Alan Greenspan on the "mortgage crisis"

Here's a more-clear-than-usual article by former Fed Chairman Alan Greenspan in which he makes a few important arguments: "...bubbles cannot be safely defused by monetary policy or other policy initiatives before the speculative fever breaks on its own." "...the impact on demand for homes financed with ARMs was not major. Demand in those days was driven by the expectation of rising prices--the dynamic that fuels most asset-price bubbles. If low adjustable-rate financing had not been available, most of the demand would have been financed with fixed rate, long-term mortgages. In fact, home prices continued to rise for two years subsequent to the peak of ARM originations (seasonally adjusted)." "In mid-2004, as the economy firmed, the Federal Reserve started to reverse the easy monetary policy. I had expected, as a bonus, a consequent increase in long-term interest rates, which might have helped to dampen the then mounting U.S. housing price surge. It did not happen.... In retrospect, global economic forces, which have been building for decades, appear to have gained effective control of the pricing of longer debt maturities. Simple correlations between short- and long-term interest rates in the U.S. remain significant, but have been declining for over a half-century. Asset prices more generally are gradually being decoupled from short-term interest rates. " For the full article, see: "The Roots of the Mortgage Crisis", Alan Greenspan, WSJ, 12/12/07 http://www.opinionjournal.com/editorial/feature.html?id=110010981
  • Mike Volpe
    Comment from: Mike Volpe
    12/13/07 @ 09:40:52 am

    Well, with all due respect to you and Greenspan, I found the article to be nonsense. I am a mortgage broker and I can speak rather intelligently on the subject. I believe that Greenspan was skirting his own responsibility for the crisis with what amounts to intelligent sounding nonsense. China, globalization, an and everything else weren't nearly as responsible as his own outrageously low Fed Funds Rate drop to below 1%. This created the loose money that filtered into the mortgage market. Here is how I saw it. http://proprietornation.blogspot.com/2007/12/alan-greenspan-tries-to-rewrite-history.html Here is my full analysis of the roots and aftermath of the mortgage crisis... http://proprietornation.blogspot.com/2007/11/from-boon-to-crisis-truth-about.html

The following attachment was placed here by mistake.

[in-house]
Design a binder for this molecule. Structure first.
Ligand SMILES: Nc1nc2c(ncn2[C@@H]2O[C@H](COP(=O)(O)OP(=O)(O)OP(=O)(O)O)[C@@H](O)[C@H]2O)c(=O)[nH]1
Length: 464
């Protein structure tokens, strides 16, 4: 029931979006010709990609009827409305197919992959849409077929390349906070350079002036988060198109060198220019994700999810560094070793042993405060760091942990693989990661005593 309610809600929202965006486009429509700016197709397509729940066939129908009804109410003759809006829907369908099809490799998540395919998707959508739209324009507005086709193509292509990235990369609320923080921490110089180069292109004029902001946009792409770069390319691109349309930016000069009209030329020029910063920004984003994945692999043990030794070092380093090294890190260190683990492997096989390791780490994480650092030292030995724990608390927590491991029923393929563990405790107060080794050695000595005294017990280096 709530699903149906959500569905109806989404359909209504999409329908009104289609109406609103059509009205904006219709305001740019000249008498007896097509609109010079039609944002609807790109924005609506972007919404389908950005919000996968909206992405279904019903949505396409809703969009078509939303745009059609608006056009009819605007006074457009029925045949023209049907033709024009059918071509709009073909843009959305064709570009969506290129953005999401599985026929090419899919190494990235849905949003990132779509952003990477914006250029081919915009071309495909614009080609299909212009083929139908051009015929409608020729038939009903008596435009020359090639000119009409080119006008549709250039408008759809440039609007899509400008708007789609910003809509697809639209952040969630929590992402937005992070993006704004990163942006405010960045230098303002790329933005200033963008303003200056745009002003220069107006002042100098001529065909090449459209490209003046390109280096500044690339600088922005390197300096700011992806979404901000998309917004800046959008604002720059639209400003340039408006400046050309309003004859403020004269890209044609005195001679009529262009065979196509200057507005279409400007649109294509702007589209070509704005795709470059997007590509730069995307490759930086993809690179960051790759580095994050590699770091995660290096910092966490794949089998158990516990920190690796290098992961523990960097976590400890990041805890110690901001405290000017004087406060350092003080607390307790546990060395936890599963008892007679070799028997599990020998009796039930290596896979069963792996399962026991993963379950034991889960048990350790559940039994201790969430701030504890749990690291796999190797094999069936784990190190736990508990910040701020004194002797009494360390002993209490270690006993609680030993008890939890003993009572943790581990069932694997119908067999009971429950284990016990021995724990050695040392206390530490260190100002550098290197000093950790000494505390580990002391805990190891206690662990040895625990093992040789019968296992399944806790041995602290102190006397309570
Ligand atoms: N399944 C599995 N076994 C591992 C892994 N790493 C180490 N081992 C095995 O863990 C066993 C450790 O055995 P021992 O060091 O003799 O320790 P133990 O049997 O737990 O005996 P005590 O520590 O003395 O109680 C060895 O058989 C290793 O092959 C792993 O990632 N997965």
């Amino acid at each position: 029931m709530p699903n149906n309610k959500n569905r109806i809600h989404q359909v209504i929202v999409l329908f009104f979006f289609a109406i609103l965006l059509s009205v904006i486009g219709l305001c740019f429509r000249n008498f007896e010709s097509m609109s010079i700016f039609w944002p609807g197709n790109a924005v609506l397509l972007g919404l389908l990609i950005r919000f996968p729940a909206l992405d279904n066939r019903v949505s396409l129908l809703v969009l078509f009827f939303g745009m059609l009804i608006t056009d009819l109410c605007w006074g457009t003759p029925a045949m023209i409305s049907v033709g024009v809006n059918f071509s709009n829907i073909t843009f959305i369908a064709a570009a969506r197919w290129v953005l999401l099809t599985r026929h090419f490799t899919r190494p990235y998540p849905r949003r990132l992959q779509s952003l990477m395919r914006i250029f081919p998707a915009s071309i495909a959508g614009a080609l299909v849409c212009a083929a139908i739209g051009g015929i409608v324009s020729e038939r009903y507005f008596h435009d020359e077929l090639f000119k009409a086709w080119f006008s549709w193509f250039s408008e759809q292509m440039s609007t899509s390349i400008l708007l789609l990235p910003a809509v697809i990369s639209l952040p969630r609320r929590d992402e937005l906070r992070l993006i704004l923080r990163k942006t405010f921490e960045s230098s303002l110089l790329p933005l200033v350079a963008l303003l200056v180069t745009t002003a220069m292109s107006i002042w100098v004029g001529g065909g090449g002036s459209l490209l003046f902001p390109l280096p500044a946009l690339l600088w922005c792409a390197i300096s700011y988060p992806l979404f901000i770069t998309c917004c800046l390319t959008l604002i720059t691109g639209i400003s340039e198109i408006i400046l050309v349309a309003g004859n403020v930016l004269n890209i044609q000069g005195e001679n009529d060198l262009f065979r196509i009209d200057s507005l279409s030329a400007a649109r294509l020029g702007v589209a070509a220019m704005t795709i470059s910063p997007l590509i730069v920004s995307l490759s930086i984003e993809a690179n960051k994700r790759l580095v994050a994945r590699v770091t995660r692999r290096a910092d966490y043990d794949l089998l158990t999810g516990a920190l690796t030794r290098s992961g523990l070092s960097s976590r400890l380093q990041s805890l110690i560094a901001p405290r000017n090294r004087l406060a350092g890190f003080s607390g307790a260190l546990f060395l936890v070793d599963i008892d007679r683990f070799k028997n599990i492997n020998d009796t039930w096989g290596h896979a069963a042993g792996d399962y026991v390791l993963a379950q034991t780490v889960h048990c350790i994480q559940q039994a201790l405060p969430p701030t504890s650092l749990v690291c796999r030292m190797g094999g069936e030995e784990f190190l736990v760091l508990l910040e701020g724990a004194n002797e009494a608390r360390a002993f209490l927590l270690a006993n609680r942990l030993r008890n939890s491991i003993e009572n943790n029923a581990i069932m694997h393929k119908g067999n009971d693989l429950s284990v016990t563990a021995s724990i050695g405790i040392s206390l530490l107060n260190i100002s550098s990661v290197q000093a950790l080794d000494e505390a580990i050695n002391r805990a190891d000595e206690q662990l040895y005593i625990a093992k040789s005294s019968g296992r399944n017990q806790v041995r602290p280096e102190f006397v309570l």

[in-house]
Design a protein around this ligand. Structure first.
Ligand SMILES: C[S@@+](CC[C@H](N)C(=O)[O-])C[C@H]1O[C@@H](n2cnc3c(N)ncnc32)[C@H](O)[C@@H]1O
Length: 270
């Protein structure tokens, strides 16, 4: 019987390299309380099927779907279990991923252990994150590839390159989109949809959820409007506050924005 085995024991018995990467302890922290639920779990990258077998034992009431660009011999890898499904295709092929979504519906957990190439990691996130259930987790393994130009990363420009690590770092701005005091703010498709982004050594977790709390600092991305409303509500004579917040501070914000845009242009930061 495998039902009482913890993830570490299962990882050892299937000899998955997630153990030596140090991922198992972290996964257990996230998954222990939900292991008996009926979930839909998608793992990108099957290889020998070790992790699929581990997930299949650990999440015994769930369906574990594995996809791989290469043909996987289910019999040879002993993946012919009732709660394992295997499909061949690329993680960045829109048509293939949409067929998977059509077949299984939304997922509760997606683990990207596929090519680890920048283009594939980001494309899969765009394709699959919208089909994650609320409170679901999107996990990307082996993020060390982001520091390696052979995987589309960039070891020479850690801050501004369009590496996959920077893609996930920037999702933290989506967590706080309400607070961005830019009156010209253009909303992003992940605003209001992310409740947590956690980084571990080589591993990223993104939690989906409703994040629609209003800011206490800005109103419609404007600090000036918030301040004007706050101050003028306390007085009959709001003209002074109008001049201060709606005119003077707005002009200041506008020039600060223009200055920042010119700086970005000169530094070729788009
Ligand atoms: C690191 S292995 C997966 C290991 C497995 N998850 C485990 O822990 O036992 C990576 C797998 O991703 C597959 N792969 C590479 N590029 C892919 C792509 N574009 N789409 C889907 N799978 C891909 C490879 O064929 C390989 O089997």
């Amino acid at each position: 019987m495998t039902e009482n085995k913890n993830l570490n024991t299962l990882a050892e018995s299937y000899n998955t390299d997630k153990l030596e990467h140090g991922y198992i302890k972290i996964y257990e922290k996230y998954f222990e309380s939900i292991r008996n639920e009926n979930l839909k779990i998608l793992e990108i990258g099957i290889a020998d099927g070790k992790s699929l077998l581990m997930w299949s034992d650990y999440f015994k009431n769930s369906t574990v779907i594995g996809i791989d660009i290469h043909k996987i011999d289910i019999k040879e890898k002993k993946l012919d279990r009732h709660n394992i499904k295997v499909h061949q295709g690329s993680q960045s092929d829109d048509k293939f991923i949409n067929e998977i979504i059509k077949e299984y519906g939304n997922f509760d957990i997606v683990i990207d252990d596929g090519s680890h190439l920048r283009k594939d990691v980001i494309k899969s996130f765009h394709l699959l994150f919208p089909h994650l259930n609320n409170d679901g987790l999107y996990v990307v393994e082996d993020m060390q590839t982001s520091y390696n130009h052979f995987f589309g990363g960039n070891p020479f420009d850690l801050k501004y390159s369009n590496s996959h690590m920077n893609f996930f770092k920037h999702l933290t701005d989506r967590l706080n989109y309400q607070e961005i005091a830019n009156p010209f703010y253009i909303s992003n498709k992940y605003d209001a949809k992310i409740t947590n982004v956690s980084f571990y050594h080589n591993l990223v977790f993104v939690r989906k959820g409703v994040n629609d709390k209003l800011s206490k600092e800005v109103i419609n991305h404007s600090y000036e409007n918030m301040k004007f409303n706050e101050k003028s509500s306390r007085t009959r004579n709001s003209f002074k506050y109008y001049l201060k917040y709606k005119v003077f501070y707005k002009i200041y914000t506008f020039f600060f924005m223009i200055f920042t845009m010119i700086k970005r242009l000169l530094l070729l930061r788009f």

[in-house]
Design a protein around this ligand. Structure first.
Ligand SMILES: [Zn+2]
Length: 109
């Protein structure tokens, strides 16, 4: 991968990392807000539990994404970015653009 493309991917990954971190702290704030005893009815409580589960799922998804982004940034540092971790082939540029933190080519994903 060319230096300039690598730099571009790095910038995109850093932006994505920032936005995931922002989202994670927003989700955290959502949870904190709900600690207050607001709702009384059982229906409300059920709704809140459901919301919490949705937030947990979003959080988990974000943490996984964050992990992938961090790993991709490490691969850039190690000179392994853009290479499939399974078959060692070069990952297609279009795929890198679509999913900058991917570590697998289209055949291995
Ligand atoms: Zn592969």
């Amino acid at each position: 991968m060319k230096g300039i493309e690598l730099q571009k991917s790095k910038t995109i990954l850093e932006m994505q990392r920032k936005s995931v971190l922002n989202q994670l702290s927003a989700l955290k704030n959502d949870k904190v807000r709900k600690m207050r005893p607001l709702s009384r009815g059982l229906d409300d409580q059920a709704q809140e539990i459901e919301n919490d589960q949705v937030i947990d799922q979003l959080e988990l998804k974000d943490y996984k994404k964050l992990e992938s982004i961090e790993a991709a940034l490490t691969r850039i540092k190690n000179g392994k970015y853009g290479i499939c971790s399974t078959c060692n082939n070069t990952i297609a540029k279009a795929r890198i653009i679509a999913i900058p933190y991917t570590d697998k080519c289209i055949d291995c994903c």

• Jim Hensel
    Comment from: Jim Hensel
    12/14/07 @ 02:05:52 pm

    Got to agree with the first comment. It was clear long before Greenspan started raising rates that the sub %3 funds rate was too low, for too long. Then they started the 25bp rise was way too slow. In reaction to 9-11, %1 funds may have been justified but as soon as the economy stabilized funds rate should have risen to %3 in less than a year.

  • Ray Tapajna
    Comment from: Ray Tapajna
    01/08/08 @ 06:11:15 pm

    Greenspan is for the Free Market but it stops at the door of the Federal Reserve Bank and the World Bank. Then it becomes a monopoly game outside the will of the people. See Greenspan sells Greenspan in The Age of Turbulence at http://www.bizarrepolitics.com/